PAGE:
Friday, October 10, 2014

Facing Forward, Looking Back: Hisashi Tenmyouya’s 'Street-Samurai' Style

Detail of Tenmyouya's Rhyme.

Hisashi Tenmyouya is a man of many styles. He’s a rebel and an innovator, doing his best to express the diversity of Japanese culture through art.

“Japanese culture has been considered a world that is ascetic, static, simple, minimal, one of anime and manga," Tenmyouya said in an interview with Laura J. Mueller, who co-curated the exhibition Garden of Unearthly Delights: Works by Ikeda, Tenmyouya & teamLab, opening today at Japan Society. "However, that is just one aspect of Japanese culture. It is more diverse. We treasure the sight of cherry blossoms falling from the tree. We amuse ourselves with fireworks exploding like flowers blooming in the sky. We enjoy festivals with elaborately designed floats moving down the street.”

Tenmyouya has invented several self-described styles in the years he's been making art. His Butō-ha (circa 2000) depicts resistance towards the authoritative art system. His Neo-Nihonga (2001) incorporates elements of traditional Japanese art (nihonga), while using contemporary art styles and modern art materials, such as acrylic paint. And most recently, Basara (2010) draws inspiration from the extraordinary beauty of past eras, including the woodblock print artists of the late Edo period (1615 – 1867), and the kabukimono (men, often samurai, who dressed and acted flamboyantly) of the late Sengoku era (mid-15th to late 16th centuries).

“My manifesto, Basara, is based on the subculture of the ‘street-samurai culture’ that is excessively decorative and imbued with a rebellious spirit that defies traditional values. Basara stands for anti-authority and anti-aristocratic culture, which is derived from samurai culture on the streets. Basara represents a counter to the traditional values of wabi, sabi, Zen, and otaku,” he said.

Still, even across multiple styles, there are some common themes to be found in Tenmyouya’s work. His paintings tend to depict subjects that are in direct contrast with each other.

His 2002 work Neo Thousand-Armed Kannon presents Kannon, the Buddhist goddess of mercy, with her many arms holding machine guns, army knives and pistols. The piece examines the state of the world in the aftermath of the September 11 attacks in the U.S., highlighting the close relationship between violence and faith despite their opposite natures.

These contrasts are not always so serious, however. He also created a poster for the 2006 FIFA World Cup, appropriately titled Football, depicting two soccer players wearing samurai armor and decorative helmets in the midst of a battle for the ball - one player with his leg pulled back, ready to kick, and the other sliding towards him in an attempt to steal the ball away.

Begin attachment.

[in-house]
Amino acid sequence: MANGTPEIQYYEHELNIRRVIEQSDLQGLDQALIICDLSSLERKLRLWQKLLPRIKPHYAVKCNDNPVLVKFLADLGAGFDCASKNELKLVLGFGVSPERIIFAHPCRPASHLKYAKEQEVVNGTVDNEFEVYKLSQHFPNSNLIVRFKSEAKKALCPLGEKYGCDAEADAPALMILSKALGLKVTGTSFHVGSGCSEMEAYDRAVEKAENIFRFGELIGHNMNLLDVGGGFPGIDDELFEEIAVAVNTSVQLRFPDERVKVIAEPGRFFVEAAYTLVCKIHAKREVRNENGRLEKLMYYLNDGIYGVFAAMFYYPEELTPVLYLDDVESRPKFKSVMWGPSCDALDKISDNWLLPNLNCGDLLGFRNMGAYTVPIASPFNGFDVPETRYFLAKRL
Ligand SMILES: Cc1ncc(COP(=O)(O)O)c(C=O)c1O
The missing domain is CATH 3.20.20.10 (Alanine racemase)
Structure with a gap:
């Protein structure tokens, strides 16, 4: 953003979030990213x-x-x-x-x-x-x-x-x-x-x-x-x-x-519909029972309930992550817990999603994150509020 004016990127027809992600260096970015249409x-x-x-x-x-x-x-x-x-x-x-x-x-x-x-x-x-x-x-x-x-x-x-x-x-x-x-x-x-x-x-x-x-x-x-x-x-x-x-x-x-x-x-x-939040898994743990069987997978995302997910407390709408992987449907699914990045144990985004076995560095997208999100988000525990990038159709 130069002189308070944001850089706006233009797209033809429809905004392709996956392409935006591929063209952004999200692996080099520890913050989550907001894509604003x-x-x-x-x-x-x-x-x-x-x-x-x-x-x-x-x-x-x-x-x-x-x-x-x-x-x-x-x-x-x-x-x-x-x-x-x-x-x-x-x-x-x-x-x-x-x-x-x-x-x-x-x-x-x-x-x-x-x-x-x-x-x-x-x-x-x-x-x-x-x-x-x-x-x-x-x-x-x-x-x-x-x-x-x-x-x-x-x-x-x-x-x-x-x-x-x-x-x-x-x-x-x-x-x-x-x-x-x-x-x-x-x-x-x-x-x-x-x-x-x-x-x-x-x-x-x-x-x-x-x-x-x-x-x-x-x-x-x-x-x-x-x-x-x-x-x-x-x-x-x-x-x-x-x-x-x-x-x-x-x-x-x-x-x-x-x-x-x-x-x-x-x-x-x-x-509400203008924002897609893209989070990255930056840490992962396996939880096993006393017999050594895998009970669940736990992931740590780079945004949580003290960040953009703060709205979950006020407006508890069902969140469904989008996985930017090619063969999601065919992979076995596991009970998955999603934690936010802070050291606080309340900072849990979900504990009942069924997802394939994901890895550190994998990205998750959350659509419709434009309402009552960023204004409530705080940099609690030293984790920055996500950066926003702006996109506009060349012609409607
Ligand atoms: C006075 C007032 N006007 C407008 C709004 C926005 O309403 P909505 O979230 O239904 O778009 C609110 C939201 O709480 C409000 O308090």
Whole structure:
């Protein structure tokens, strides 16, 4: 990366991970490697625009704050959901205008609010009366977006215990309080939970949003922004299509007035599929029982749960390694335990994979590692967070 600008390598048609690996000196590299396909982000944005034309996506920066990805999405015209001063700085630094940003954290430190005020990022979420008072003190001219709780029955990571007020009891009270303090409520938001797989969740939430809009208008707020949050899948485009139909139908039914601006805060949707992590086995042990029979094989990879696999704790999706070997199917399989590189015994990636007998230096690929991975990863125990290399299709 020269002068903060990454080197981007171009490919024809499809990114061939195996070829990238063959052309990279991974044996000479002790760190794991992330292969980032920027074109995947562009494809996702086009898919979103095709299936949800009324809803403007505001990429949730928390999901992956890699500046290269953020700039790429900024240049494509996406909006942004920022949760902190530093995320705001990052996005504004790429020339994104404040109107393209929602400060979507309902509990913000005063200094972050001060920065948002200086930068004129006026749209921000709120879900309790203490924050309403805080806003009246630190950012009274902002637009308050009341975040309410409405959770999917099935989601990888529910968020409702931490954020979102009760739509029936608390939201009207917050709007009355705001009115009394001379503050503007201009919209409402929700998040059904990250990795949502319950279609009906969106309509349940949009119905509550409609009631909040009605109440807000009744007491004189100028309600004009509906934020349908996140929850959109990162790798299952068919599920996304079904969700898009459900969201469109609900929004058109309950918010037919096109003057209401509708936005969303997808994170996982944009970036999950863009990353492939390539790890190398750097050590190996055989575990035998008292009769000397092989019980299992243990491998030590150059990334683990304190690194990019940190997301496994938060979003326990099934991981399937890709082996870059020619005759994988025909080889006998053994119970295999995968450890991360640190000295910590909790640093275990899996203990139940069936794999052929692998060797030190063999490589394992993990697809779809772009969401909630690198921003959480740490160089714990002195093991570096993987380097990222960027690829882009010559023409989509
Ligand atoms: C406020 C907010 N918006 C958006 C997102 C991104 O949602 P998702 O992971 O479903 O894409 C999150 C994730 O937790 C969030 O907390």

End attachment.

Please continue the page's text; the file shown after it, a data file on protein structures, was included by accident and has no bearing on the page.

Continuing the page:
"[His] works exude an historic feel that is also wholly contemporary,” wrote Vicente Gutierrez in The Japan Times about Tenmyouya's Tokyo exhibition in 2009.

“Tenmyouya’s paintings of fantastic beasts and tattooed warriors are a record-album-cover designer’s version of Buddhist and Shinto religious icons,” wrote the The New York Times’ Holland Cotter, when Tenmyouya was featured in Japan Society's 2011 exhibition Bye Bye Kitty!!! Between Heaven and Hell in Contemporary Japanese Art.

Even though his solo exhibitions have mainly taken place in Tokyo, people from all around the world have been introduced to Tenmyouya’s unique style when his works have been showcased in places such as Berlin, Sydney and Singapore. He made his U.S. debut in 2002 in One Planet Under a Groove: Hip Hop and Contemporary Art at New York’s Bronx Museum.

He received more worldwide exposure with the 2006 video documentary Near Equal Tenmyouya Hisashi (released internationally as Hisashi Tenmyouya: Samurai Nouveau), in which director Go Ishizaki followed Tenmyouya as he worked on his paintings.

Japan Society’s Garden of Unearthly Delights features Tenmyouya’s first large-scale installation: a room adorned with several of his paintings, placed around a Zen garden with volcanic rocks and skulls planted in a sea of blood-red sand. One of the centerpieces of the room, his most recent work Rhyme, is a sizable painting which depicts yakuza-type men battling each other wearing nothing but fundoshi (ceremonial loincloths). While the subject matter is traditional, there is a sense of surrealism (a tiger and several horses wearing armor against a shimmering gold background), and the style is thought to be influenced by Leonardo de Vinci’s early-Renaissance The Battle of Angihari (1505).

It’s one of the many influences that contribute to Tenmyouya’s distinctive “street-samurai” style, in addition to his striking visual approach. His always-innovating, rebellious mindset makes each of his paintings more unpredictable than the last. With new styles, new ideas and new concepts, Hisashi Tenmyouya will be a fascinating artist to follow in the years to come.

--Mark Gallucci, additional reporting by Younjoo Sang

Images (top to bottom, left to right):  Hisashi Tenmyouya, (b. 1966), Rhyme (Detail), 2012. Acrylic paint, gold leaf on wood; inkjet print on paper, mounted on wood; each 49 7/8 x 118 1/8 in. Chazen Museum of Art, University of Wisconsin-Madison, Colonel Rex W. & Maxine Schuster Radsch Endowment Fund purchase, 2013.23.1-.2a-b.; Neo Thousand Armed Kannon, 2002. Acrylic, wood; 89 ½ x 68 5/16 in. Takahashi Collection, Tokyo. © Hisashi Tenmyouya, courtesy Mizuma Art Gallery; Football, 2004, official poster selection of the 2006 World Cup in Germany; Neo Acalanatha (Detail), 2004. Acrylic, wood; 42 1/3 x 18 5/7 in. Collection of Katsura Yamaguchi. © Hisashi Tenmyouya, courtesy Mizuma Art Gallery.

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